Hong Kong-based multicategory supplier Lever Style has employed such a tactic, seeking to diversify its own sourcing operations so that its clients don’t have to. According to executive chairman Stanley Szeto, the optimal supply chain is a network of strategic sourcing partners, each equipped with unique capabilities spanning a range of product categories.


Lever Style, which once served retail stalwarts like J. Crew and Banana Republic, has evolved its strategy in recent years. It now focuses on direct-to-consumer brands, which Szeto believes to be the business model of the future. When the firm went public in fall of last year, one of his stated goals was to focus on the acquisition of smaller, more categorically diverse suppliers to better serve these specialty startups.


“We’ve been trying to be as flexible as possible for our clients, and that’s why we have factories all over the place,” Szeto said, adding that Lever Style operates on an asset-light strategy with quick turns and low minimum order quantities—all key qualifiers for DTC clients like Stitch Fix, Bonobos and Everlane.


“Before the trade war, China was by far our largest production base,” he added, but now Vietnam is larger, accounting for about half of Lever Style’s production. In July, the firm acquired Vista Apparels, a China-based knitwear supplier that specializes in sweaters, with the intent to bring those operations to a new factory in Vietnam. And in August, Lever Style bought Hong Kong’s Liwaco Overseas Marketing Limited, a technical outerwear company responsible for the high-performance gear sold by brands like Mammut and Helly Hansen.


Operational diversification makes Lever Style a one-stop shop for its customers, who can work with the company on the creation of all types of garments without worrying about managing multiple downstream relationships. “Whenever they have to find a new supplier and onboard them, it’s actually very cumbersome,” Szeto said. “And that’s why the narrower the sourcing base that our clients have, the better off they are. They can focus more on the front end, and what they’re good at.”


Szeto believes that having factories in multiple markets also reduces the risk for brands. “By working with us, they’re not putting all their eggs in one basket in terms of a single factory and a single country,” he said. Lever Style, he added, can shift manufacturing amongst its factories “as the winds blow.”


“If, let’s say, Donald Trump tomorrow says we’re going to slap tariffs on Vietnam,” Szeto theorized, referencing the United States Trade Representative’s recent announcement that it would be investigating the country on charges of currency manipulation, “we can move operations for our clients.” Lever Style’s growing network of factories and materials suppliers is designed to allow the company to react to shifts in trade relationships quickly, without disrupting production.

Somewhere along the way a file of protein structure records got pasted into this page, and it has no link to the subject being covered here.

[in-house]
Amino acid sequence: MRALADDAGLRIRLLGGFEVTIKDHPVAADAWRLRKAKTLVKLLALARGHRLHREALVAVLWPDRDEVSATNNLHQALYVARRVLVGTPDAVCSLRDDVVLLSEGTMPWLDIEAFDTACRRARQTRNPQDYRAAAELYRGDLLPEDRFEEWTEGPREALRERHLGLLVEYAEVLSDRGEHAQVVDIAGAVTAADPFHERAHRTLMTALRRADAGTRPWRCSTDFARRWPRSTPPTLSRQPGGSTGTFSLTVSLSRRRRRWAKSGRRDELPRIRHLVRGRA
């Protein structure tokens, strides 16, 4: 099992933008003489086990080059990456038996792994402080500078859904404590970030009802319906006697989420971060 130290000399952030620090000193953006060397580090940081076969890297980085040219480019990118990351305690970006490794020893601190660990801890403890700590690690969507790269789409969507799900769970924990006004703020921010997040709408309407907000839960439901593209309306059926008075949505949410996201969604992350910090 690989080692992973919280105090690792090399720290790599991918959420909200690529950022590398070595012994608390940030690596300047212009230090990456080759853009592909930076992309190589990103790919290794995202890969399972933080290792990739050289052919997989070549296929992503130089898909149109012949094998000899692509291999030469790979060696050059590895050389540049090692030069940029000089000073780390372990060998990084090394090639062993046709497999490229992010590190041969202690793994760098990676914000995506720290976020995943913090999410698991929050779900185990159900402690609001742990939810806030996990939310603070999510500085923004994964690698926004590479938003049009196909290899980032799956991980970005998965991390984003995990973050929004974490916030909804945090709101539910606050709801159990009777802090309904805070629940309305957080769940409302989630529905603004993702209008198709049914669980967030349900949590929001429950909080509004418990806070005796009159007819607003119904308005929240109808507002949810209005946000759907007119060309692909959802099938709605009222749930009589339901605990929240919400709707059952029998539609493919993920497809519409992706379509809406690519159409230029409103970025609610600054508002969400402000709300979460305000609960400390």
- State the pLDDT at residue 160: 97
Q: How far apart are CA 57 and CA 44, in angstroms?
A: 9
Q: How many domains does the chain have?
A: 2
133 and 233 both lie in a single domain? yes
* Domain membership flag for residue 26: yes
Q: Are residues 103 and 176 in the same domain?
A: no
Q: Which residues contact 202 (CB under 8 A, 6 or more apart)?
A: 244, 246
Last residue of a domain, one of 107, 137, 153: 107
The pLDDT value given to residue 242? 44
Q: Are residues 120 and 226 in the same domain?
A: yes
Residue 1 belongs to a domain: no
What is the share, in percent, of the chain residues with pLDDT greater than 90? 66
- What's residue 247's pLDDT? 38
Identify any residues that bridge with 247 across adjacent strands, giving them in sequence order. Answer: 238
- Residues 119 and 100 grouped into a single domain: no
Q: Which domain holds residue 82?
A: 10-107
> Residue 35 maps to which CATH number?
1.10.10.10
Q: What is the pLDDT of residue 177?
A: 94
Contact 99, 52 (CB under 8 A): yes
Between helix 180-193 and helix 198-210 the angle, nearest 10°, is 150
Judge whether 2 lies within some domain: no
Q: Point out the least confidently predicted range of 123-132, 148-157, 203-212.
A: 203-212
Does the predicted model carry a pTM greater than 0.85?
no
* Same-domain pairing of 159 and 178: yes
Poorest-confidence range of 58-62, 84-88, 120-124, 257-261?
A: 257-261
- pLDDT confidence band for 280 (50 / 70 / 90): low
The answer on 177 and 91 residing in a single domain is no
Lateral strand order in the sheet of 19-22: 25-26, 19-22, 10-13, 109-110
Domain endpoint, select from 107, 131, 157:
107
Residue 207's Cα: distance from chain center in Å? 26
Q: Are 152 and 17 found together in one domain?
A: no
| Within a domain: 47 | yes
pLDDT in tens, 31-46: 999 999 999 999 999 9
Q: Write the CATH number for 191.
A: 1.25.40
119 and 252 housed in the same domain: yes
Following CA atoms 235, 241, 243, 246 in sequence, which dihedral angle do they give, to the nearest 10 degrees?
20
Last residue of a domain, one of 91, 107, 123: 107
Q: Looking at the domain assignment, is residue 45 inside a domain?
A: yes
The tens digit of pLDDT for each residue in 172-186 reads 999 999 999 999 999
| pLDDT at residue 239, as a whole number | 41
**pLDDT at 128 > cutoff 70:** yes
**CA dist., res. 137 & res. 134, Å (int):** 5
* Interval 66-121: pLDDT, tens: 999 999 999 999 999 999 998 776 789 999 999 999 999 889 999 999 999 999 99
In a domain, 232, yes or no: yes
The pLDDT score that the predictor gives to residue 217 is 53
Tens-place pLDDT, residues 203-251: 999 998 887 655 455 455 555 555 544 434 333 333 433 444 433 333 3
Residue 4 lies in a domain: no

Speed and versatility are paramount, especially set against the uncertain backdrop of a Covid-ridden world. As the fashion industry marches forward into the unknown, Szeto believes brands will increasingly rely on “test-and-react strategies” where trends are vetted swiftly and fast reorders are key.


“Some manufacturers will adapt to the new quick-turn, high-mix-low-volume demands from brands,” he said. “Others may let companies like ours take over their businesses so we can do the hard work of transformation.”


Large-scale denim manufacturer Saitex is in the midst of just such a metamorphosis, according to founding CEO Sanjeev Bahl. “People lose business quite frequently because of this nonsensical system we have,” Bahl said, referring to the longstanding reliance on high minimum order quantities, long lead times and strict seasonal calendars. “These are all antiquated.”


“We thought, ‘Let’s try and create a speed-to-market model that is totally integrated,’” he added. The Vietnam-based B Corp has recently verticalized its operations in the country by setting up its own denim mill, lending speed and agility to its processes, and providing traceability from a materials perspective.


“Being a factory in Vietnam didn’t cut it,” Bahl said, as he felt constrained by mill partners’ limitations. “There’s no transparency, there are quality issues, and there are pricing constraints because there’s nothing you can do about the material cost.”


Owning its own mill allows Saitex to streamline production, testing fabrics for shrinkage, double-checking measurements, and creating optimal washes “in-house.”